Author Topic: Grammar that makes you cringe  (Read 842749 times)

Re: Grammar that makes you cringe
« Reply #6725 on: 06 March, 2024, 03:39:55 pm »
Hmm, conflagration is a new word for me. Which is odd, because I do know deflagration.

Cudzoziemiec

  • Ride adventurously and stop for a brew.
Re: Grammar that makes you cringe
« Reply #6726 on: 06 March, 2024, 03:40:50 pm »
Deflagration is a new word for me. Win-win!
Riding a concrete path through the nebulous and chaotic future.

rr

Re: Grammar that makes you cringe
« Reply #6727 on: 06 March, 2024, 03:41:06 pm »
Quote
let me get back to you momentarily

Seems in the USA momentarily means 'at any moment'.

Reading it is like chewing on a pumice stone.
As it has for many years in Somerset.

Cudzoziemiec

  • Ride adventurously and stop for a brew.
Re: Grammar that makes you cringe
« Reply #6728 on: 06 March, 2024, 04:05:54 pm »
I thought it meant "in a moment" in USA.
Riding a concrete path through the nebulous and chaotic future.

T42

  • Apprentice geezer
Re: Grammar that makes you cringe
« Reply #6729 on: 18 March, 2024, 03:46:29 pm »
Fed up reading and hearing people say "passed" when they mean "died".  I want "croaked" in my death notice if in English and "crevé" if in French.  The latter also applies to a flat tyre, so it'll be appropriate.
I've dusted off all those old bottles and set them up straight

hellymedic

  • Just do it!
Re: Grammar that makes you cringe
« Reply #6730 on: 18 March, 2024, 09:16:35 pm »
Oooohh…. JPFROG in polite terms!
(click to show/hide)

Edited because I ‘lost’ my J...

T42

  • Apprentice geezer
Re: Grammar that makes you cringe
« Reply #6731 on: 19 March, 2024, 11:12:44 am »
Not if you're on metformin.

PFROG is nice, though - looks like a qualification.
I've dusted off all those old bottles and set them up straight

barakta

  • Bastard lovechild of Yomiko Readman and Johnny 5
Re: Grammar that makes you cringe
« Reply #6732 on: 20 March, 2024, 02:26:19 pm »
I hate "passed" and "passed away" too but I've had people (young) specifically ask me to replace "died" with passed away when I did some sharing of news about a disabled mutual dying suddenly a few years back. They felt "died" was too harsh and didn't like to read it.

Re: Grammar that makes you cringe
« Reply #6733 on: 20 March, 2024, 02:56:20 pm »
Quote
Chinese boats fire water at a Philippine vessel

Is that really the best verb?  I'd accept 'shoot', and recognise that 'squirt' doesn't really convey the pressure involved (firefighting equipment being used as an offensive weapon).
Fire as a verb is not necessarily connected with conflagration. It was used in archery contexts before the arrival of gunpowder in Europe. Nevertheless, "shoot" would seem more appropriate in this context.

Really?

Consensus among archery community is that 'loose' was the term used.

'fire' really doesn't make any sense in this context.
<i>Marmite slave</i>

T42

  • Apprentice geezer
Re: Grammar that makes you cringe
« Reply #6734 on: 20 March, 2024, 04:21:55 pm »
I hate "passed" and "passed away" too but I've had people (young) specifically ask me to replace "died" with passed away when I did some sharing of news about a disabled mutual dying suddenly a few years back. They felt "died" was too harsh and didn't like to read it.

When the hospital called to tell us MrsT's mum had died the bloke was so flustered with trying to break it gently that he told me we could come when we liked to see her and collect her bougies (candles or spark-plugs) instead of bijoux (jewellery).
I've dusted off all those old bottles and set them up straight

barakta

  • Bastard lovechild of Yomiko Readman and Johnny 5
Re: Grammar that makes you cringe
« Reply #6735 on: 20 March, 2024, 04:30:40 pm »
I don't envy anyone who has to break death news regularly, cos you probably do have to use shitty euphemisms otherwise you'd upset already distressed people.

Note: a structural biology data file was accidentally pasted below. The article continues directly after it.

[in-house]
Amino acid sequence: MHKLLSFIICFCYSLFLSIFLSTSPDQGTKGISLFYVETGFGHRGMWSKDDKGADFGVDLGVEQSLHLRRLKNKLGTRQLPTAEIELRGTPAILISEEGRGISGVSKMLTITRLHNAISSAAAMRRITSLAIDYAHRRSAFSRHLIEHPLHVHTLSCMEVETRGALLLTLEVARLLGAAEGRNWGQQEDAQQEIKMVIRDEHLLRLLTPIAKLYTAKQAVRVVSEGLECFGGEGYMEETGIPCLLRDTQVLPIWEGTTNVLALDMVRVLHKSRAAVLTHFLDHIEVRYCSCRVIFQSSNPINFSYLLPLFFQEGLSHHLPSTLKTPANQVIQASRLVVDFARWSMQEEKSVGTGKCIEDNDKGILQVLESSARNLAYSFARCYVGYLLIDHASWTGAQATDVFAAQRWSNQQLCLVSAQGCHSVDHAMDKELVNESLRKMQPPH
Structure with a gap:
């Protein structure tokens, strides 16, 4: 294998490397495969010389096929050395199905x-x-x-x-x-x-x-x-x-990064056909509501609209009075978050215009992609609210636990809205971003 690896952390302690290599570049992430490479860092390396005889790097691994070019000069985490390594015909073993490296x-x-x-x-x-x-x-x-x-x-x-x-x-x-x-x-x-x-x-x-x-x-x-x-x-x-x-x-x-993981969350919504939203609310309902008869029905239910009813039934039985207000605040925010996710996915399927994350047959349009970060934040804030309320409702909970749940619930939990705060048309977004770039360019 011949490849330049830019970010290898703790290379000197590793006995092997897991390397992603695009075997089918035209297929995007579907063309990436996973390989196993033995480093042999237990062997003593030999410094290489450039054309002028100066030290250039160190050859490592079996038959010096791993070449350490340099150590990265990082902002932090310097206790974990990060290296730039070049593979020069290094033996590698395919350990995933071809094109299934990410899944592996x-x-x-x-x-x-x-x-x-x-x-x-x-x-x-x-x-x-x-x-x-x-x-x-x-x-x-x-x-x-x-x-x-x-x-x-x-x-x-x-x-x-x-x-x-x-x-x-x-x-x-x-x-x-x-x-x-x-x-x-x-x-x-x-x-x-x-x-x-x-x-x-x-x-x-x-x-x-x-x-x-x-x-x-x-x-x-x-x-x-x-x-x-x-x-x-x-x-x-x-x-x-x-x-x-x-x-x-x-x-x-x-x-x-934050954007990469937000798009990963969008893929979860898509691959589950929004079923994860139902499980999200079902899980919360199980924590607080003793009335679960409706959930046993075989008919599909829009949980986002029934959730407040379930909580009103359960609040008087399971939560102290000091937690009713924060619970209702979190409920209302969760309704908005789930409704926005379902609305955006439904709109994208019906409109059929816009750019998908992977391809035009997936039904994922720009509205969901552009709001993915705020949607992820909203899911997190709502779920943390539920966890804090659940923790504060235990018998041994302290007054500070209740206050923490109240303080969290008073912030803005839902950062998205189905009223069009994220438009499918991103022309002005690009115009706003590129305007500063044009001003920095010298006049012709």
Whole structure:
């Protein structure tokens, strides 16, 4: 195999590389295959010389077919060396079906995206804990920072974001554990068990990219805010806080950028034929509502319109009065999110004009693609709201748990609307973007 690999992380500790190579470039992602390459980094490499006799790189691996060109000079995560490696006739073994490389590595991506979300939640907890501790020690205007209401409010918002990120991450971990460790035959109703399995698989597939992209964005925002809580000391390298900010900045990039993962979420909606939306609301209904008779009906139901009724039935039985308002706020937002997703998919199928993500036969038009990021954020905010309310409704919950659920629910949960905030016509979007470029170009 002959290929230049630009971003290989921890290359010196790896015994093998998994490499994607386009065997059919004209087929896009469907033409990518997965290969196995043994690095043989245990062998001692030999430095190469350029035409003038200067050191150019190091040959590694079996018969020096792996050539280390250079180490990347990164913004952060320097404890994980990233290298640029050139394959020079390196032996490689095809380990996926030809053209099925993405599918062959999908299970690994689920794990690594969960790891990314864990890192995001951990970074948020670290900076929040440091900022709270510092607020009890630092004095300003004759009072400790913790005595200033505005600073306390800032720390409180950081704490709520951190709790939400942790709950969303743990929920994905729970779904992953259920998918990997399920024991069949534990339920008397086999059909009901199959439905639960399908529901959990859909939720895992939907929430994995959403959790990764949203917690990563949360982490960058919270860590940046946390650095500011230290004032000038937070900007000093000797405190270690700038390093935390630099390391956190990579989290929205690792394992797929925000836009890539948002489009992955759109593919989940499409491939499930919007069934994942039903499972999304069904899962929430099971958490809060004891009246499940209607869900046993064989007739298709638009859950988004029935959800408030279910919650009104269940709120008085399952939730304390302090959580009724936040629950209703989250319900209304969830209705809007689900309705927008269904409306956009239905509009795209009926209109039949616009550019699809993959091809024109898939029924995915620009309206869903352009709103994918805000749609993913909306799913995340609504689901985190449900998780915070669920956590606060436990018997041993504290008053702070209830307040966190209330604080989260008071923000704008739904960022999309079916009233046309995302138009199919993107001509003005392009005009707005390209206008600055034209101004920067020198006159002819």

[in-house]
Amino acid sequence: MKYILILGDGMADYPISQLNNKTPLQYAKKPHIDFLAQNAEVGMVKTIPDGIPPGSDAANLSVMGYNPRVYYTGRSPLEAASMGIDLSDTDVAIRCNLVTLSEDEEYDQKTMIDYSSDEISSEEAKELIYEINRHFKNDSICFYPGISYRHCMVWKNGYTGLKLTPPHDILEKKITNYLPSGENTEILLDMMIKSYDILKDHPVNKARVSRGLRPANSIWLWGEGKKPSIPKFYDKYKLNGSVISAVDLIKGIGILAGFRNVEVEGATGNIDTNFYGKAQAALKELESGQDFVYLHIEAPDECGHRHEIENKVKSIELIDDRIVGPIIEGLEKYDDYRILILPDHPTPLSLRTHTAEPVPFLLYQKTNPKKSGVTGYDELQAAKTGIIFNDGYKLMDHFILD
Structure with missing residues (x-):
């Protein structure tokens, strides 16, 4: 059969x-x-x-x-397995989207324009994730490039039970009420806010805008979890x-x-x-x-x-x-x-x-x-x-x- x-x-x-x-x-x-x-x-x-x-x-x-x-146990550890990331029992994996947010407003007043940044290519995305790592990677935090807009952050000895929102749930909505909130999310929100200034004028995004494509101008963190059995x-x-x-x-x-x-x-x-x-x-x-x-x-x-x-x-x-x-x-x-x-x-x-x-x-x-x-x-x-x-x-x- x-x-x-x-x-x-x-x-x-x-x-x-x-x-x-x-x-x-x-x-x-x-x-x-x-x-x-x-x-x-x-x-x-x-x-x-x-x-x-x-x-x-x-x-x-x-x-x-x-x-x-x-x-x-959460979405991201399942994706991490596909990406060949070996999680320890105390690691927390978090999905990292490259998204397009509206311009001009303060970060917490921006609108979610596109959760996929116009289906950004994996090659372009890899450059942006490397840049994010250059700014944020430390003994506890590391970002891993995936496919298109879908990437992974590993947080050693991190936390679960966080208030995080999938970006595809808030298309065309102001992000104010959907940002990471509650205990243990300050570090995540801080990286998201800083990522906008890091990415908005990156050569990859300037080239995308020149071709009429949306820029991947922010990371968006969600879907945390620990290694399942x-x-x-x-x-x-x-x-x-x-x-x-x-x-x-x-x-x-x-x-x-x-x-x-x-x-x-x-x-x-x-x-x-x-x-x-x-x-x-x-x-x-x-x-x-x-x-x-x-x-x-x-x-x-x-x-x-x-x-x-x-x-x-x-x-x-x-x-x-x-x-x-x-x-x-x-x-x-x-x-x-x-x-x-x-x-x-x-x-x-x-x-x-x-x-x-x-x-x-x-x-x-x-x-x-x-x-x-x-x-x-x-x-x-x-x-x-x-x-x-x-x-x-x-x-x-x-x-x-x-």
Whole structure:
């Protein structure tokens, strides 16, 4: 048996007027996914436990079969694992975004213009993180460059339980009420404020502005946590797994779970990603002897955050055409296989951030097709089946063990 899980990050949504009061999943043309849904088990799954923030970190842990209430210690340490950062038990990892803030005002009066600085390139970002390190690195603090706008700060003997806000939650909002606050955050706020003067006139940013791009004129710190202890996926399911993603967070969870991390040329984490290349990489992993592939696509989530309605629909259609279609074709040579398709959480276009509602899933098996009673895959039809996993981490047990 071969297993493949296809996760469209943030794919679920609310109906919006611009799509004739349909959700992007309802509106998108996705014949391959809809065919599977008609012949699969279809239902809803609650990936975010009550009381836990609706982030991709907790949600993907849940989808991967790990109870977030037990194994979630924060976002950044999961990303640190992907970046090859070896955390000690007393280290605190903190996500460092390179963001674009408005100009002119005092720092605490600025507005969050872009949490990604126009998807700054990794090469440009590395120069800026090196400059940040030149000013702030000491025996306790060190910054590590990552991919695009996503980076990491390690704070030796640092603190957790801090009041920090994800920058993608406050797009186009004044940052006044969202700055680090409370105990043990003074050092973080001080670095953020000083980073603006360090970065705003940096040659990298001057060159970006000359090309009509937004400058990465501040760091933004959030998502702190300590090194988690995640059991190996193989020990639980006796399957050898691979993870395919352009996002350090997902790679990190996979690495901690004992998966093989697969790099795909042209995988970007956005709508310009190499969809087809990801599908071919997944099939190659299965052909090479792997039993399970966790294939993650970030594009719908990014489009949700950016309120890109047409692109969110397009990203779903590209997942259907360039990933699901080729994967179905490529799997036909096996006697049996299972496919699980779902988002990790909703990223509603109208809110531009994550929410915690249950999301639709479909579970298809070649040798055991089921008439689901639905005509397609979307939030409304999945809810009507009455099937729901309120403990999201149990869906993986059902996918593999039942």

Mr Larrington

  • A bit ov a lyv wyr by slof standirds
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Re: Grammar that makes you cringe
« Reply #6736 on: 22 March, 2024, 04:44:56 pm »
Just ordered some Perfectly Good Gentleman's Mountain Bicycling shoes from (whisper it) Halfrauds*.  On their order tracking page:

Quote
On it's way

Garrotting is too good for them.

* if they turn out to be a Rubbish TV's Nice C Boardman is in a world of hurt, or at least libel
External Transparent Wall Inspection Operative & Mayor of Mortagne-au-Perche
Satisfying the Bloodlust of the Masses in Peacetime

Paul

  • L'enfer, c'est les autos.
Re: Grammar that makes you cringe
« Reply #6737 on: 22 March, 2024, 05:06:44 pm »
Just ordered some Perfectly Good Gentleman's Mountain Bicycling shoes from (whisper it) Halfrauds*.  On their order tracking page:

Quote
On it's way

Garrotting is too good for them.

* if they turn out to be a Rubbish TV's Nice C Boardman is in a world of hurt, or at least libel

These ones? Please let me know how you get on with them. I bought these ones (review here), but I think I prefer the look of the Boardman ones.
What's so funny about peace, love and understanding?

Mr Larrington

  • A bit ov a lyv wyr by slof standirds
  • Custard Wallah
    • Mr Larrington's Automatic Diary
Re: Grammar that makes you cringe
« Reply #6738 on: 22 March, 2024, 06:10:00 pm »
Yes, the very orange ones.  Interzen sotp would approve.  They’re not going to see strenuous use, though.

Edit: they’re less thoroughly Trumpian in colour than I expected.  And each shoe weighs about 20g more than the pair they’re replacing.  Which probably explains a lot.
External Transparent Wall Inspection Operative & Mayor of Mortagne-au-Perche
Satisfying the Bloodlust of the Masses in Peacetime

Wowbagger

  • Stout dipper
    • Stuff mostly about weather
Re: Grammar that makes you cringe
« Reply #6739 on: 29 March, 2024, 08:03:32 pm »
Quote
Anne-Sophie Mutter Will Take a Break from Concertizing



AAAARGH!
Quote from: Dez
It doesn’t matter where you start. Just start.

citoyen

  • Occasionally rides a bike
Re: Grammar that makes you cringe
« Reply #6740 on: 29 March, 2024, 08:13:32 pm »
Quote
Anne-Sophie Mutter Will Take a Break from Concertizing



AAAARGH!

Yeah - any fule kno it should be concertising with an S!
"The future's all yours, you lousy bicycles."

Wowbagger

  • Stout dipper
    • Stuff mostly about weather
Re: Grammar that makes you cringe
« Reply #6741 on: 29 March, 2024, 08:14:31 pm »
Funnily enough, I thought that too!
Quote from: Dez
It doesn’t matter where you start. Just start.

Cudzoziemiec

  • Ride adventurously and stop for a brew.
Re: Grammar that makes you cringe
« Reply #6742 on: 03 April, 2024, 09:56:05 am »
Quote
Chinese boats fire water at a Philippine vessel